20 The Beechworth–Mudgegonga Fire
sue and john wilson
At about midnight on Saturday 7 February 2009 Sue and John Wilson died in the family home John had built at 1133 Myrtleford–Yackandah Road, Mudgegonga. Sue, 47, and John, 51, are survived by their two daughters, Grace and Samantha Wilson.
John Wilson, a self-employed builder, had built the family’s brick home on a half-hectare block of land on the western side of the Myrtleford–Yackandah Road about 18 years ago.Grace Wilson stated:
Approximately one hundred metres behind the house block ran the Barwidgee Creek. From the creek the land went up into steep bushland. I’d doubt if there would be much water flowing in the creek at this time of year. Between the creek and the house block was open grass paddock area which was owned by uncle Clary. Opposite from the house on the eastern side, was open grass paddock which then rose up into steep bushland. The house was about 1.5 km from the intersection of Stanley Road. The house block had a really well maintained garden with a mixture of various trees and shrubs. We also had an above ground pool in the backyard. The house was positioned roughly in the middle of the block …
Late in the afternoon of 7 February the Wilsons and their neighbours, Patricia and Lindsay Easterbrook, could smell smoke and became aware of fire in their area. Throughout the evening and late into the night a number of people—family, friends, neighbours and firefighters—telephoned and visited the Wilsons, warning of a fire threat to the area. At 7.30 pm the captain of the Mudgegonga CFA brigade stopped at the Wilson house to warn them of the approaching fire and found Mr Wilson filling a petrol pump. Mr Wilson was aware of the fire threat and appeared calm. CFA firefighters called in to the Wilson property three times during the evening, at one stage helping Mr Wilson get one of the petrol pumps started.
The last visit by firefighters to the Wilson property occurred at 11.30 pm, when two members of the Hancock Victorian Plantations fire crew, James Bowden and Conrad King, called in. Mr Bowden had known Mr Wilson for 25 years and had called in after fighting fires in the Mudgegonga area; he knew that there were fires about 2 kilometres from the Wilsons’ property. The Wilsons were inside the house and appeared calm. Mr Bowden advised them to leave, to which Mr Wilson responded, ‘Jimbo, I’ve got the big pump on the pool, don’t worry’.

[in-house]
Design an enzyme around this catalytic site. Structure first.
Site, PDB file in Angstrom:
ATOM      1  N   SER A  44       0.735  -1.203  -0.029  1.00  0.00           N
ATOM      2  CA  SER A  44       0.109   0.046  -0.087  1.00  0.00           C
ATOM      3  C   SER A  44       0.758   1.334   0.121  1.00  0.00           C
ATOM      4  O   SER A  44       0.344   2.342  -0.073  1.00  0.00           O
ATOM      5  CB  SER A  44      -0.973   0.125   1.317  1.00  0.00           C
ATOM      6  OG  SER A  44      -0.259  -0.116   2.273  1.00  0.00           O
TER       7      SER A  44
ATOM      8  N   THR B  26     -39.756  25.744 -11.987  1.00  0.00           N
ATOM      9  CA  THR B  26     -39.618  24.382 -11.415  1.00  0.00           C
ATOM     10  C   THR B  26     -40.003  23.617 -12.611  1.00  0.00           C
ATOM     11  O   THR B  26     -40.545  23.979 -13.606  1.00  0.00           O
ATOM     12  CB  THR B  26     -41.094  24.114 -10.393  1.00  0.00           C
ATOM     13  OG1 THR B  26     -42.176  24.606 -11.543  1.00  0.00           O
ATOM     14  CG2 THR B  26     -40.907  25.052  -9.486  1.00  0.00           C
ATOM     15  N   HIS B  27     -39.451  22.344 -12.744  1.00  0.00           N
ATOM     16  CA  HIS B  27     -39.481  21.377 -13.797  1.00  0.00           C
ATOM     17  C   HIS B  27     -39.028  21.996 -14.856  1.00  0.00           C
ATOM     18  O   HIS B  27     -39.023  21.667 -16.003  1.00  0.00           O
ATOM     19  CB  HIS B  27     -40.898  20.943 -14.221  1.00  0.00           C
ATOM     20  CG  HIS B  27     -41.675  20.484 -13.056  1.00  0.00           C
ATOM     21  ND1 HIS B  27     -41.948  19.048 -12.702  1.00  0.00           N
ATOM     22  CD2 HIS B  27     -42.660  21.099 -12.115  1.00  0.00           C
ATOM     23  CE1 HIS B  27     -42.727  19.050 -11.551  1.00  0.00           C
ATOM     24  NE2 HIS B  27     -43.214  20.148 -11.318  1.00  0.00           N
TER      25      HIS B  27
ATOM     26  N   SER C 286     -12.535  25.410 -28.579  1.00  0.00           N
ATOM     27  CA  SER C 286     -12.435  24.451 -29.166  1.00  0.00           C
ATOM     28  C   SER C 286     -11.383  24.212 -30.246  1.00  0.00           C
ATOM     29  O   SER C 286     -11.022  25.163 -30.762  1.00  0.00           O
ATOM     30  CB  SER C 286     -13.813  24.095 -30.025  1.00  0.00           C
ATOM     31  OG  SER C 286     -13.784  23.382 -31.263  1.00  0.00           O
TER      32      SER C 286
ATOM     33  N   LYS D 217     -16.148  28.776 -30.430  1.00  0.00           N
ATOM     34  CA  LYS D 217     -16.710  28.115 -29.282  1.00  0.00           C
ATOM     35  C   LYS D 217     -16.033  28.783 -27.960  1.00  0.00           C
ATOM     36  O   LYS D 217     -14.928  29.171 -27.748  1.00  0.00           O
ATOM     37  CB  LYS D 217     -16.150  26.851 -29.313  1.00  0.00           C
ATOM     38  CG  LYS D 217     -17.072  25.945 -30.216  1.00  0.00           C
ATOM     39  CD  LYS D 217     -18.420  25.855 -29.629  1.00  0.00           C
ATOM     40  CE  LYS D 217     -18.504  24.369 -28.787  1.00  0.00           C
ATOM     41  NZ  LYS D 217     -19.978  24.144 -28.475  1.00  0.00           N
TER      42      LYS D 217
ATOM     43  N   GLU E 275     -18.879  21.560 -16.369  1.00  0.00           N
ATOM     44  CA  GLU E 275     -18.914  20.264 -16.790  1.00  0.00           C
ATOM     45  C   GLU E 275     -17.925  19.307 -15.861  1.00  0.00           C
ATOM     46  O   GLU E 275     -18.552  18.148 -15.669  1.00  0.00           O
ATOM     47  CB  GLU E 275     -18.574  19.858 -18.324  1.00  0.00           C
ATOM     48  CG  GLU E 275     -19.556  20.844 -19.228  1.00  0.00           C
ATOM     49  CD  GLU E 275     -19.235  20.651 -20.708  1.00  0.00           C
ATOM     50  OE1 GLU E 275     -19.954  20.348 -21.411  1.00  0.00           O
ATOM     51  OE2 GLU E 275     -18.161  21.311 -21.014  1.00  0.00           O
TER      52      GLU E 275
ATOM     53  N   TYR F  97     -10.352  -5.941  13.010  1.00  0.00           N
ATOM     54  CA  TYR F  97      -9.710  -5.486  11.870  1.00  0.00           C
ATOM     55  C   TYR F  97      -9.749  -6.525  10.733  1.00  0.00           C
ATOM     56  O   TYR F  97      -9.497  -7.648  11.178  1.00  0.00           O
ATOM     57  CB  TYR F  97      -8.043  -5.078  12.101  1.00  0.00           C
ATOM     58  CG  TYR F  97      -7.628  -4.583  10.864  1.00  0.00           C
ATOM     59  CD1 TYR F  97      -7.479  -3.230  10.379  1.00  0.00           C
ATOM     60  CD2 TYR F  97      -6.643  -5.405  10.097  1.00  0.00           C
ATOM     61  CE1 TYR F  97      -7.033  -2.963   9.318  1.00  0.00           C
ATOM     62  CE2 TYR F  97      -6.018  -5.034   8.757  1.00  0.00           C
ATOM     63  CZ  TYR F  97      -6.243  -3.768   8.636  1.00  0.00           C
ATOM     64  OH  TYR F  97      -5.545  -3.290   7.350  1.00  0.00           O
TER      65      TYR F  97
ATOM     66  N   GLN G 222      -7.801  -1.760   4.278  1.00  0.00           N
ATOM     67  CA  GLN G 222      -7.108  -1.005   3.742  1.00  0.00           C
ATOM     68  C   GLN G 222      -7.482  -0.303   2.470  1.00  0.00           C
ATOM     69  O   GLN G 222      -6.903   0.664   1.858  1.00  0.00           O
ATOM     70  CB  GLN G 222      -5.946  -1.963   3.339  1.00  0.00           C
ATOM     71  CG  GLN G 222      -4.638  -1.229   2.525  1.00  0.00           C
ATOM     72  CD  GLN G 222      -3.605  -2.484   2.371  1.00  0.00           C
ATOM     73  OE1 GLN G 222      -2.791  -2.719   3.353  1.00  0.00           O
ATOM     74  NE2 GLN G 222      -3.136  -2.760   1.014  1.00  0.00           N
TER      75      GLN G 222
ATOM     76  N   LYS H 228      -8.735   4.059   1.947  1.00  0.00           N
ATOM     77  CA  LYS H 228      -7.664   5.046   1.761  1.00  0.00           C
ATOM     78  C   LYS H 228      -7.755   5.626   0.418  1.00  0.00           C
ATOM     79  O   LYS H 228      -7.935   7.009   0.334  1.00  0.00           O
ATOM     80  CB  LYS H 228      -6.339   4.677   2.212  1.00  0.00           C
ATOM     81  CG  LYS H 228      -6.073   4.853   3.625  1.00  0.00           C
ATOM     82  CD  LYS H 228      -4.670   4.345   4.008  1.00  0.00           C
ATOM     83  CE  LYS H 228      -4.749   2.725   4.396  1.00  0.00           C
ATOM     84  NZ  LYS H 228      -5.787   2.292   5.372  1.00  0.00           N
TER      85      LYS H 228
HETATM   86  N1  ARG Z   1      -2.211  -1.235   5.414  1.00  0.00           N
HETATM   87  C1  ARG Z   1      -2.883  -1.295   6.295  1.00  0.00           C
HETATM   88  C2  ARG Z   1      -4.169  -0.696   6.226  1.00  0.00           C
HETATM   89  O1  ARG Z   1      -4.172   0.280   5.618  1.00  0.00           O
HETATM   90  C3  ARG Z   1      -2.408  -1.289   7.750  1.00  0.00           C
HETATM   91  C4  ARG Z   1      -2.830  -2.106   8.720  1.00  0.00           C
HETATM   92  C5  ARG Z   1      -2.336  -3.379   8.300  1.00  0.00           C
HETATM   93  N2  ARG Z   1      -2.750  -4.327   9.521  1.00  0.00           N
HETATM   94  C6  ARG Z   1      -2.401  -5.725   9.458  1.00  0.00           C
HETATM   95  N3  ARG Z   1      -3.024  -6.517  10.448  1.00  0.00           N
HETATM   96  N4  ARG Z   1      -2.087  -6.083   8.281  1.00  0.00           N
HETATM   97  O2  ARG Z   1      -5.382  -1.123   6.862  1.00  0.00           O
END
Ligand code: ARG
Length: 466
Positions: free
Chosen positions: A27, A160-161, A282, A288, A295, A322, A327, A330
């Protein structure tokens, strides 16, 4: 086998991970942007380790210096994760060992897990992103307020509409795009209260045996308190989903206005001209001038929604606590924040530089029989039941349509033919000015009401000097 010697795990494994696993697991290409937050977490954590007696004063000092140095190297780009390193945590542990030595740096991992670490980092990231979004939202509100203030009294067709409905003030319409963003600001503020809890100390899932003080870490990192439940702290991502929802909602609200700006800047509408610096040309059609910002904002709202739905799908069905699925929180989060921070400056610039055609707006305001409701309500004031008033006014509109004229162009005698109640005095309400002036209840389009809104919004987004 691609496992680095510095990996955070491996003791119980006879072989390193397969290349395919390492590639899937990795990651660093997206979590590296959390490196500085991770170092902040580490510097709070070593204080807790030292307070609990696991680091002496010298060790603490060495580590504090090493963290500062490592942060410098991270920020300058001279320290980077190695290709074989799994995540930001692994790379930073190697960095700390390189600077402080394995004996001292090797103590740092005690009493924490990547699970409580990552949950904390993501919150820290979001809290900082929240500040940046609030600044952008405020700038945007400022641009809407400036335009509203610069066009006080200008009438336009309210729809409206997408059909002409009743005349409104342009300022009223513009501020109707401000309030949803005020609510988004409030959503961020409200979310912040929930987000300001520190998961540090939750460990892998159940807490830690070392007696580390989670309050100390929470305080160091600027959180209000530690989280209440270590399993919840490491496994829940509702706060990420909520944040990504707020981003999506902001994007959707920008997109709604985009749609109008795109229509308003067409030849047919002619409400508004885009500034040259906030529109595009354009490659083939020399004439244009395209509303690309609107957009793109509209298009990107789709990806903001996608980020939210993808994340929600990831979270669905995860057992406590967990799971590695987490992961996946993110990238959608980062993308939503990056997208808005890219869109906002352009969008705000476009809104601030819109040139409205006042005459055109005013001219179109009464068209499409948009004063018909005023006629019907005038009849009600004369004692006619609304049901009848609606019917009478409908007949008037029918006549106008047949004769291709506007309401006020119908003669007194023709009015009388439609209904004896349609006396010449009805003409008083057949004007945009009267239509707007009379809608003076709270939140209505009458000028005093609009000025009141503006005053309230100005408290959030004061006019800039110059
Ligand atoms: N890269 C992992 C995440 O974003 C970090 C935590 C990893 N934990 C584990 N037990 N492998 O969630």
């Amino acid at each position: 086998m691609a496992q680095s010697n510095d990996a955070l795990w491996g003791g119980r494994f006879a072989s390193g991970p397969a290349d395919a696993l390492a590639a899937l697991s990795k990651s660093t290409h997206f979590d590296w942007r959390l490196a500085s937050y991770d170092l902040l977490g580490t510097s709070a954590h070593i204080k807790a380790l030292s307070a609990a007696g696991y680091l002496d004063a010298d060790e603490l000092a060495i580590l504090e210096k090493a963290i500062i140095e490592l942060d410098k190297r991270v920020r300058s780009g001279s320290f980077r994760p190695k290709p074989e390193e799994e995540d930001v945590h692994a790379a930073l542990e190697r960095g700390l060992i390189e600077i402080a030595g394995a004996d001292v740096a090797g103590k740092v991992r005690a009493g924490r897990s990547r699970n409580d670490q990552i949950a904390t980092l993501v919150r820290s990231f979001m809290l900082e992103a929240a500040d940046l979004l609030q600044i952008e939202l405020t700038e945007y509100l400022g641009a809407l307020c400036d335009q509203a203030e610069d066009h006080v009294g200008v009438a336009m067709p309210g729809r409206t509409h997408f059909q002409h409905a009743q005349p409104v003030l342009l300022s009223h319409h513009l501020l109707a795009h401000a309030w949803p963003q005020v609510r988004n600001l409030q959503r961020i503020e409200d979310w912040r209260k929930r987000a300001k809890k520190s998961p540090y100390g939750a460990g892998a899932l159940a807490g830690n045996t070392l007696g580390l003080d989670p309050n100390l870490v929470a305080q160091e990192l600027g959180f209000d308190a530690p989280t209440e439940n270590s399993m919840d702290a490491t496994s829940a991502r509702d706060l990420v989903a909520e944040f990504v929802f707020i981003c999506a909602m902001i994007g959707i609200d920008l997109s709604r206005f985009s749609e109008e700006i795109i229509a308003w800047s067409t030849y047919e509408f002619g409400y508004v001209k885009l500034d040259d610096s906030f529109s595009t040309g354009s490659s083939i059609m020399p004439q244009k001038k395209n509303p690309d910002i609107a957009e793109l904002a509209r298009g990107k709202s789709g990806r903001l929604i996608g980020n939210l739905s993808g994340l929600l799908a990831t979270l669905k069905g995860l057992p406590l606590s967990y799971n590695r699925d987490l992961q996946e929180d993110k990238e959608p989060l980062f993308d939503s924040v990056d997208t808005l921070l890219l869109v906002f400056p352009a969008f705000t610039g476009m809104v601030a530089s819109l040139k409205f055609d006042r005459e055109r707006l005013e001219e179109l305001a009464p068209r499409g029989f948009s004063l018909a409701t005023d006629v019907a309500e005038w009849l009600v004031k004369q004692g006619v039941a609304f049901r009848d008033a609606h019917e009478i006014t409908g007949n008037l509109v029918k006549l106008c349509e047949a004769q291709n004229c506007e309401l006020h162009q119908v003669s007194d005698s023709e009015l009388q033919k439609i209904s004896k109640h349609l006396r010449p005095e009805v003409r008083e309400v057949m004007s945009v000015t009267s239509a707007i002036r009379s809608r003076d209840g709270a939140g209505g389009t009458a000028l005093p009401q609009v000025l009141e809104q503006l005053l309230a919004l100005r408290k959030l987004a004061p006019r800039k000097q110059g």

Daughter Grace did not recall hearing of any formal fire plan and thought that her parents were going to leave. It is evident that throughout the evening Mr Wilson was making preparations, and he told various people he spoke with that he was planning to stay and defend. He had connected fire hoses and prepared petrol pumps, one to draw water from the creek and one to draw water from the pool, although it appears that there were some problems with access to water. One of the pumps was faulty and was being fixed as late as 10.15 pm. There was no water in the house tank and little, if any, water in the creek. It seems that the main water source being relied on for firefighting purposes was the water in the swimming pool.
Mrs Wilson told her daughter in a phone call at some time between 9.00 and 9.30 pm that she was getting a few things together. Vincent Muraca called his friend Mr Wilson at about 10.15 pm; he recalled that Mr Wilson was preparing to stay and defend and seemed confident. At about 11.00 pm Mrs Wilson’s uncle, Clarence Murray, called in with his wife. Mr Murray recalled that throughout their conversation he did not hear the Wilsons commit to any course of action—that is, whether they were going to stay or leave—although they did not say they would leave.
Neighbours Pat and Lindsay Easterbrook managed to successfully defend their house. Mr Easterbrook recounted:
At about 11.30 or so it spotted and we had a huge fire over the back here behind us. At about five to 12 we noticed finally the wind change. It [the fire] crested over the top of these hills here … As it crested there this hillside exploded. Within 30 seconds, I would say, of coming over the top of that hill it came right through here at about 100 miles an hour. The whole—everything was on fire at once, the whole, almost 360 degrees … We couldn’t, we didn’t expect the ferocity of it.
Mr and Mrs Wilson’s bodies were found on 8 February in the remains of their home. Mr Wilson was outside, on the verandah near the back door, and Mrs Wilson inside, near where the bathroom had been.
The post-mortem reports record the deaths of Sue and John Wilson as resulting from the effects of fire.1
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